A research team at the University of Michigan conducted a remarkable study that shows climate skeptics are more eco-friendly than greens.
We conducted a one-year longitudinal study in which 600 American adults regularly reported their climate change beliefs, pro-environmental behavior, and other climate-change related measures. Using latent class analyses, we uncovered three clusters of Americans with distinct climate belief trajectories: (1) the “Skeptical,” who believed least in climate change; (2) the “Cautiously Worried,” who had moderate beliefs in climate change; and (3) the “Highly Concerned,” who had the strongest beliefs and concern about climate change. Cluster membership predicted different outcomes: the “Highly Concerned” were most supportive of government climate policies, but least likely to report individual-level actions, whereas the “Skeptical” opposed policy solutions but were most likely to report engaging in individual-level pro-environmental behaviors. Implications for theory and practice are discussed.
Eric Worrall of Watts Up With That:
Academics competing to see who can log the most air miles, Jetset hypocrites calling for “deniers” to be banned from public office, large climate conferences full of frequent fliers; the brazen climate hypocrisy of leading greens is nothing new to regular readers of WUWT.
But this study goes a step further – it is not just the leaders who are complete hypocrites. The leaders of the green movement are not duping followers with their hypocrisy, they are an expression of the top to bottom hypocrisy of their entire movement.The most vocal climate supporters are actually the people who care least about the planet – all those noisy expressions of concern are camouflage to conceal the fact they are deeply selfish people who can’t be bothered to make a personal effort to improve the world they claim to love.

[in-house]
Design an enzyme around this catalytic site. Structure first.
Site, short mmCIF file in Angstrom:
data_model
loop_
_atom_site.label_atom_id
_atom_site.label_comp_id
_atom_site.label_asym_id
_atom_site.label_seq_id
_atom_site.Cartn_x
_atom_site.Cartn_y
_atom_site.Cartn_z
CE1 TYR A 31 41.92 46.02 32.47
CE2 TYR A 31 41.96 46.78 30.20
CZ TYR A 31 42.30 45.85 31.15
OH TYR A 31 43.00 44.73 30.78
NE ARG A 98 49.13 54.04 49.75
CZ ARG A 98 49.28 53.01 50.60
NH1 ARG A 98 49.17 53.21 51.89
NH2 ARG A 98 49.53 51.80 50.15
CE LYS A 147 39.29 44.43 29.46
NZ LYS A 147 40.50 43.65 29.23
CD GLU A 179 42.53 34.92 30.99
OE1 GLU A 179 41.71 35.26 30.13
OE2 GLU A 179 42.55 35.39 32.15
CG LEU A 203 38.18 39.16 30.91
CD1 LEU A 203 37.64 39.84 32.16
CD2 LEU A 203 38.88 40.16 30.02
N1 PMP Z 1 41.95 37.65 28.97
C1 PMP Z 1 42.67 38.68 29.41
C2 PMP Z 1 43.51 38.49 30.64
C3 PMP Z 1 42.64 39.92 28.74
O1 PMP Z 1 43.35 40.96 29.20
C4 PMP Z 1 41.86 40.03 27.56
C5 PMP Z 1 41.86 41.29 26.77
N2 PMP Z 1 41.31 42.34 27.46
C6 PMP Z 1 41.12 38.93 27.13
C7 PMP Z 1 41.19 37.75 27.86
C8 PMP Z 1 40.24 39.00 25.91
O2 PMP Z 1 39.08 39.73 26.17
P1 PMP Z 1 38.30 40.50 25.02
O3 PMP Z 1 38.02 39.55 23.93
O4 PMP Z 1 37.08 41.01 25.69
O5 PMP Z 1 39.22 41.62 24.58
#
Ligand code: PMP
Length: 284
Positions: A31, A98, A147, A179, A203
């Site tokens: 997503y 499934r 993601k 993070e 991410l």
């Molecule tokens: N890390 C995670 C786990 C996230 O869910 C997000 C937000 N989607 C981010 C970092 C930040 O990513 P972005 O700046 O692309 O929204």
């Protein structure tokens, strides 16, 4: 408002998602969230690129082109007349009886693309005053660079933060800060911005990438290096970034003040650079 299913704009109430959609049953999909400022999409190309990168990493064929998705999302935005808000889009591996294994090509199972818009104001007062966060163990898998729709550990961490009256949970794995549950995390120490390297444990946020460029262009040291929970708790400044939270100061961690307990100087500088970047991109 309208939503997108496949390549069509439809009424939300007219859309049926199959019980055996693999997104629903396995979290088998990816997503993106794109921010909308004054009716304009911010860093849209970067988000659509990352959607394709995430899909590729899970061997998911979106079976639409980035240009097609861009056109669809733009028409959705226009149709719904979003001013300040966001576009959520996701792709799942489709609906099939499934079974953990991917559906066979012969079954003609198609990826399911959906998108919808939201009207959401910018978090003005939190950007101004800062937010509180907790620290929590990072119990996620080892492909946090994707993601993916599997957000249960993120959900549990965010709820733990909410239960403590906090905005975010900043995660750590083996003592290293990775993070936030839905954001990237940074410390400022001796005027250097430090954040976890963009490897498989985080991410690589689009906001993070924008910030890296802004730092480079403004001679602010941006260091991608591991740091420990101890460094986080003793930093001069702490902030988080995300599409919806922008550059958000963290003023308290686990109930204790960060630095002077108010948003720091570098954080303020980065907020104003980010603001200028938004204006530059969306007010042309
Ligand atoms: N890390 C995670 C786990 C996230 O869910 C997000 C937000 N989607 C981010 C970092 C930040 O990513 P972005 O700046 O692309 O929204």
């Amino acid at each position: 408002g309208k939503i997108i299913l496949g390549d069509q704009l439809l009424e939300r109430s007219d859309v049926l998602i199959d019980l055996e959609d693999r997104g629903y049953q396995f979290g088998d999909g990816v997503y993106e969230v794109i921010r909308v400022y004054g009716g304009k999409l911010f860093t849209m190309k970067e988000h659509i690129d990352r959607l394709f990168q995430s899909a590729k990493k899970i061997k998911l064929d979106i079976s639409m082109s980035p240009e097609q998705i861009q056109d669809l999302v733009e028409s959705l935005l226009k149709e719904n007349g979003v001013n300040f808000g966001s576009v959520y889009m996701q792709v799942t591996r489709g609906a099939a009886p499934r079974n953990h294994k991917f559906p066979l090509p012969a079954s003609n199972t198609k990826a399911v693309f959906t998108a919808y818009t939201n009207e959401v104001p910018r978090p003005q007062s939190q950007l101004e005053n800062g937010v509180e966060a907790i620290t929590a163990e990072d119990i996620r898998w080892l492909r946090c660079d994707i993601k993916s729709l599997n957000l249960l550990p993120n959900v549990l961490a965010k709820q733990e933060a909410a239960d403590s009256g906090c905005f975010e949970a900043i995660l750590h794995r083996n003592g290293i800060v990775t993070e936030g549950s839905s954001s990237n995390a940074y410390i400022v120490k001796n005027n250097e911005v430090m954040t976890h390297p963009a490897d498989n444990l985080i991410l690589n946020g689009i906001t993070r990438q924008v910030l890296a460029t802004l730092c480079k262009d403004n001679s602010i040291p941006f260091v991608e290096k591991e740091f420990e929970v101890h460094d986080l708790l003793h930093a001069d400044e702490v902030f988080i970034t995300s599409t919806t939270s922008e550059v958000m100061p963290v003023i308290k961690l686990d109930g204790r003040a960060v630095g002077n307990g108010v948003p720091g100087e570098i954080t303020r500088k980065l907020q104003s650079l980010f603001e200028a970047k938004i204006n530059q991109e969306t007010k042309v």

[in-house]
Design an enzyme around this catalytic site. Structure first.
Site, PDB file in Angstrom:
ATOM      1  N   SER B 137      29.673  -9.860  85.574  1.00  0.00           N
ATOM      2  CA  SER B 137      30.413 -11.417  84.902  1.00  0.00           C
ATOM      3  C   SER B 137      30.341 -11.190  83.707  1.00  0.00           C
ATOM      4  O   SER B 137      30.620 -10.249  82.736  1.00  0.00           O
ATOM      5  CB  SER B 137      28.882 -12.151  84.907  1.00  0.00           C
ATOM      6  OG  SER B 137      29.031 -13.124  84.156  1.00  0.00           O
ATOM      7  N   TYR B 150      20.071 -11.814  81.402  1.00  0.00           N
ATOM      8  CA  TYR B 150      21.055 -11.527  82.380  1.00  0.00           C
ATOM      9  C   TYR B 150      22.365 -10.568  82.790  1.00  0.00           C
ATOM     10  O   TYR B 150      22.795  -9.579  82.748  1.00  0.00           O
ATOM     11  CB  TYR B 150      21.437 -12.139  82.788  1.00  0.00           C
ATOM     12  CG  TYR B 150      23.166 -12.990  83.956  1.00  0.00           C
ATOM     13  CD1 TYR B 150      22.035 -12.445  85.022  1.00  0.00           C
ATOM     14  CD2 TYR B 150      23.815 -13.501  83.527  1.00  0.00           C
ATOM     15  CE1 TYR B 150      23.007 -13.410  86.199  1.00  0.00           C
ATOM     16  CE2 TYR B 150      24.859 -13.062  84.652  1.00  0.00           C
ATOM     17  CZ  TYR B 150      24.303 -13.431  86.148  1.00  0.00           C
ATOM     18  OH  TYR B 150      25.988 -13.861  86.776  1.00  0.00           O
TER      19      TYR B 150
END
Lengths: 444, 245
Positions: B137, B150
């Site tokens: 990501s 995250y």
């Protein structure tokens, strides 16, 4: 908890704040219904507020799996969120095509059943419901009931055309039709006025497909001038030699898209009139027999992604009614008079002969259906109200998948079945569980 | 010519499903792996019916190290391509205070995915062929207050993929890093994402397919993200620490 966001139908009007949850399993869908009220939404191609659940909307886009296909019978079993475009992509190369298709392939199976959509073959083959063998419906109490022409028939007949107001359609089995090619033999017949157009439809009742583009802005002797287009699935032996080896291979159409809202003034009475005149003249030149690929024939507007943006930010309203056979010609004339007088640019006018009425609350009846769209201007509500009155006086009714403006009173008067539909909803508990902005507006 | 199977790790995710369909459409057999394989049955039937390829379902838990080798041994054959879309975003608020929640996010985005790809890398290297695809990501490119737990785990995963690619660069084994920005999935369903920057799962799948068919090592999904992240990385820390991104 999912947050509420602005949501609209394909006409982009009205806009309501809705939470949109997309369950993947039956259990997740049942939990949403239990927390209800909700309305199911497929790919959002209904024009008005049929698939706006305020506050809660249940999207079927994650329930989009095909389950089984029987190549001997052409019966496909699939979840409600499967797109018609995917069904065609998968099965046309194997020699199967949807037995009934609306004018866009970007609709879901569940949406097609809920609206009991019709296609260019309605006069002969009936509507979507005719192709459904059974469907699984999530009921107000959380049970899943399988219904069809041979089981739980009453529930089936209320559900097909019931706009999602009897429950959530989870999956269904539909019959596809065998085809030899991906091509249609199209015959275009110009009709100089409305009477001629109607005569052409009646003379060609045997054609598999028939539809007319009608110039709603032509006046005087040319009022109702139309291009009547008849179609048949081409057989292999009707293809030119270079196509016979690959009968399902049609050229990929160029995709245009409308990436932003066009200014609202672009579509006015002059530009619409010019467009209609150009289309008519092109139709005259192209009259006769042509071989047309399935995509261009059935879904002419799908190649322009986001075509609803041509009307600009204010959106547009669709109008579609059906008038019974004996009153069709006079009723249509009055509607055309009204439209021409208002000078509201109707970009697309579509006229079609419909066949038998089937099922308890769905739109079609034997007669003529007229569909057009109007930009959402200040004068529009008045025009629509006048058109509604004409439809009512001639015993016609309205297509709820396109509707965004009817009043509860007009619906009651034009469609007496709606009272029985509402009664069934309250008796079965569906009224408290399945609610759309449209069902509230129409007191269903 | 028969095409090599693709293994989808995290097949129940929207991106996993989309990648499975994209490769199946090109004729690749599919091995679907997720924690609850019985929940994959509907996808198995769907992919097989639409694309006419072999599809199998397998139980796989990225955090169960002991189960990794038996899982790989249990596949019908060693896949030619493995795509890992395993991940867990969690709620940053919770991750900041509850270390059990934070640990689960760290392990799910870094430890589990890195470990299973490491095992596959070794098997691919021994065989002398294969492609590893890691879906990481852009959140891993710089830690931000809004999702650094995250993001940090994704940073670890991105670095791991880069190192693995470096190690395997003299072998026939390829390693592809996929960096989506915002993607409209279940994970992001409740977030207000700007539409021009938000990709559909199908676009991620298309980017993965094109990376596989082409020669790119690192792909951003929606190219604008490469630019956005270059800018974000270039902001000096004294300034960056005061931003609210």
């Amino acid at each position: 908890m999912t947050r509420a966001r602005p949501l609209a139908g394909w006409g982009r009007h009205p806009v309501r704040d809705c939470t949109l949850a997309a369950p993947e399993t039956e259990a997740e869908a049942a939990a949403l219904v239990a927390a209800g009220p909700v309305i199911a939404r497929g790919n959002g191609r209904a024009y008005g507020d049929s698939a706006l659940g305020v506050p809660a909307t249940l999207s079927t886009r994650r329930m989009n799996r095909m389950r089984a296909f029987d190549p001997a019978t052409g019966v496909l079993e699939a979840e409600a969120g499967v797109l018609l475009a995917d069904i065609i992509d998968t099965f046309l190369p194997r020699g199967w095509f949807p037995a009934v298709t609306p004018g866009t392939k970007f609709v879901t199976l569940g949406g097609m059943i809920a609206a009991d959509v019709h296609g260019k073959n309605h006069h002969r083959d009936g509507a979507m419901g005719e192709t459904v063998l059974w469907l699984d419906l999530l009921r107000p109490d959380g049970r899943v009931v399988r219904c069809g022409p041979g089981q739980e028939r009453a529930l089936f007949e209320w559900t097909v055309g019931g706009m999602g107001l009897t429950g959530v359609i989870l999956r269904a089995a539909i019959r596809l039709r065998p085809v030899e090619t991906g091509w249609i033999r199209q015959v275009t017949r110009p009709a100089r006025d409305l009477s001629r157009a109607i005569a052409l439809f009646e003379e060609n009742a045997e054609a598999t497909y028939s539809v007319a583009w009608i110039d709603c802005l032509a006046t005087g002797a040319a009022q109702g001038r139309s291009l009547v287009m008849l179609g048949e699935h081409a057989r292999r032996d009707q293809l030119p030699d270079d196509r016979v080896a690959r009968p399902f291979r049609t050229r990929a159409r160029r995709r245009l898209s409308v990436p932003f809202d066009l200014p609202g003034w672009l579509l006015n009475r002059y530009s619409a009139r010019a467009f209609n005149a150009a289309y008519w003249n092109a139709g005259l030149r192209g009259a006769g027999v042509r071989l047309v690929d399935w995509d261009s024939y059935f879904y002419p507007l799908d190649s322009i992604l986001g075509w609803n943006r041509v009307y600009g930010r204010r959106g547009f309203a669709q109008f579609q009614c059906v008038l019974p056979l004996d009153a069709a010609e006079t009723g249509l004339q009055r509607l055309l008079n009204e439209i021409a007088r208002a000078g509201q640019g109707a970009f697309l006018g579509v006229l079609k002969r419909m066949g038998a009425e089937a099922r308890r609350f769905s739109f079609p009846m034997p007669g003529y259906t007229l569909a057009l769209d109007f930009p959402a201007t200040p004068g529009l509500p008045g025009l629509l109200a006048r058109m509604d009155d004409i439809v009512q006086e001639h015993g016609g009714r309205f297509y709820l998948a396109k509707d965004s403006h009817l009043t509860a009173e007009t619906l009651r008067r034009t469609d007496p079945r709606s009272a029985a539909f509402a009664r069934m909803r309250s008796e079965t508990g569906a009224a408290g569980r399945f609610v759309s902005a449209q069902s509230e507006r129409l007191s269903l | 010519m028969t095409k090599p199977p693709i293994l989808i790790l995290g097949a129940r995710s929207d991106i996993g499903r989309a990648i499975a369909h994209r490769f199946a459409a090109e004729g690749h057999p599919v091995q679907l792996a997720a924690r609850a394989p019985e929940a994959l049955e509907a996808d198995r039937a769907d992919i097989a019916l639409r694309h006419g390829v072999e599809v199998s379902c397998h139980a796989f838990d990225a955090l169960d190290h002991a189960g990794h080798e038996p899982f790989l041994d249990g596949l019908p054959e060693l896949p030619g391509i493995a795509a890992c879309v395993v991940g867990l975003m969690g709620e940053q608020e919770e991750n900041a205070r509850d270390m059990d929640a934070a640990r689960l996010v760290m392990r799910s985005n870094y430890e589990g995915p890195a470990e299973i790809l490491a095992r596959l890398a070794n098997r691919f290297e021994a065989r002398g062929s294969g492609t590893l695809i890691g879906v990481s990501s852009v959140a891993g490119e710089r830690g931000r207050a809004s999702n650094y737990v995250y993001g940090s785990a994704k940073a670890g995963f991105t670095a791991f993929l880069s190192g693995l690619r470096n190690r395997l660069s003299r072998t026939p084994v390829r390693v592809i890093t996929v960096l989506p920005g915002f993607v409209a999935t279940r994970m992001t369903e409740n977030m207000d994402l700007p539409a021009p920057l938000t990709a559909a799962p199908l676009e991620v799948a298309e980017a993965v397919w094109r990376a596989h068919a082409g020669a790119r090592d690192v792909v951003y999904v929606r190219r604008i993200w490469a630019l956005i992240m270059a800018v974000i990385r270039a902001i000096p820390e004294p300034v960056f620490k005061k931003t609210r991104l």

I pick up trash outside my house – because I like having a nice house, I like living on a nice street. I don’t think it is someone elses job to make my little corner of the world a better place. If I thought CO2 was a problem I would make a personal effort to reduce my carbon footprint.
Perhaps that sense of personal ownership, of responsibility for one’s actions, is what is missing from the green movement – a point made by the authors of the study.
And Tom Jacobs of Pacific Standard magazine goes into some of the reasons for this disconnect:
Hall and his colleagues can only speculate about the reasons for their results. But regarding the concerned but inactive, the psychological phenomenon known as moral licensing is a likely culprit.
Previous research has found doing something altruistic—even buying organic foods—gives us license to engage in selfish activity. We’ve “earned” points in our own mind. So if you’ve pledged some money to Greenpeace, you feel entitled to enjoying the convenience of a plastic bag.
Regarding climate change skeptics, remember that conservatism prizes individual action over collective efforts. So while they may assert disbelief in order to stave off coercive (in their view) actions by the government, many could take pride in doing what they can do on a personal basis.
This “moral license” to pollute goes hand in hand with a towering moral egoism that justifies trying to destroy people who disagree with them by claiming to be right and their enemies wrong. Anything is OK as long as it protects the planet. And if one’s carbon footprint is a little too deep, it’s a small price to pay in service to the cause.
Taking personal responsibility for the environment — at least, your small corner of it — is a profoundly conservative idea. It’s too bad government will never adopt policies that reflect this idea because it would result in more sensible management of the planet’s environment.
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